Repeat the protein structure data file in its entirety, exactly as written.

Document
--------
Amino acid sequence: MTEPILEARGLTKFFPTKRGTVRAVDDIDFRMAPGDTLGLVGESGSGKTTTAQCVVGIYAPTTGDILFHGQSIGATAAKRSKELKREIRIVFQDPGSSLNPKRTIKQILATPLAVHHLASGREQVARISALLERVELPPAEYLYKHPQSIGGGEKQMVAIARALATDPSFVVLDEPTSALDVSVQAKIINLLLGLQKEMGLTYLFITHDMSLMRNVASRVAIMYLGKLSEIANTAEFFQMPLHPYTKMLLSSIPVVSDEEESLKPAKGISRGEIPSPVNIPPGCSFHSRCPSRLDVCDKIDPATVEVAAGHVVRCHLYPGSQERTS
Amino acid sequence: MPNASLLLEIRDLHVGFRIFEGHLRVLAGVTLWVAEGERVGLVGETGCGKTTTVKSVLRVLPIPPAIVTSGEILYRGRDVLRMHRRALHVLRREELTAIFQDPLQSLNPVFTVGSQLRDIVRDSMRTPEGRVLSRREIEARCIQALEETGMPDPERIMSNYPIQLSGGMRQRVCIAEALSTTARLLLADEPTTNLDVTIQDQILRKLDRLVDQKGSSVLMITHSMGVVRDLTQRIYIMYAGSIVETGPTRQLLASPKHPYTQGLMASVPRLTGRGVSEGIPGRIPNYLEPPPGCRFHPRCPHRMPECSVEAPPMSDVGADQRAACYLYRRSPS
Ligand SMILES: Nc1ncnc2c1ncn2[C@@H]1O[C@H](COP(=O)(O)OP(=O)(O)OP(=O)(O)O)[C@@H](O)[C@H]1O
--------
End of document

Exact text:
Amino acid sequence: MTEPILEARGLTKFFPTKRGTVRAVDDIDFRMAPGDTLGLVGESGSGKTTTAQCVVGIYAPTTGDILFHGQSIGATAAKRSKELKREIRIVFQDPGSSLNPKRTIKQILATPLAVHHLASGREQVARISALLERVELPPAEYLYKHPQSIGGGEKQMVAIARALATDPSFVVLDEPTSALDVSVQAKIINLLLGLQKEMGLTYLFITHDMSLMRNVASRVAIMYLGKLSEIANTAEFFQMPLHPYTKMLLSSIPVVSDEEESLKPAKGISRGEIPSPVNIPPGCSFHSRCPSRLDVCDKIDPATVEVAAGHVVRCHLYPGSQERTS
Amino acid sequence: MPNASLLLEIRDLHVGFRIFEGHLRVLAGVTLWVAEGERVGLVGETGCGKTTTVKSVLRVLPIPPAIVTSGEILYRGRDVLRMHRRALHVLRREELTAIFQDPLQSLNPVFTVGSQLRDIVRDSMRTPEGRVLSRREIEARCIQALEETGMPDPERIMSNYPIQLSGGMRQRVCIAEALSTTARLLLADEPTTNLDVTIQDQILRKLDRLVDQKGSSVLMITHSMGVVRDLTQRIYIMYAGSIVETGPTRQLLASPKHPYTQGLMASVPRLTGRGVSEGIPGRIPNYLEPPPGCRFHPRCPHRMPECSVEAPPMSDVGADQRAACYLYRRSPS
Ligand SMILES: Nc1ncnc2c1ncn2[C@@H]1O[C@H](COP(=O)(O)OP(=O)(O)OP(=O)(O)O)[C@@H](O)[C@H]1O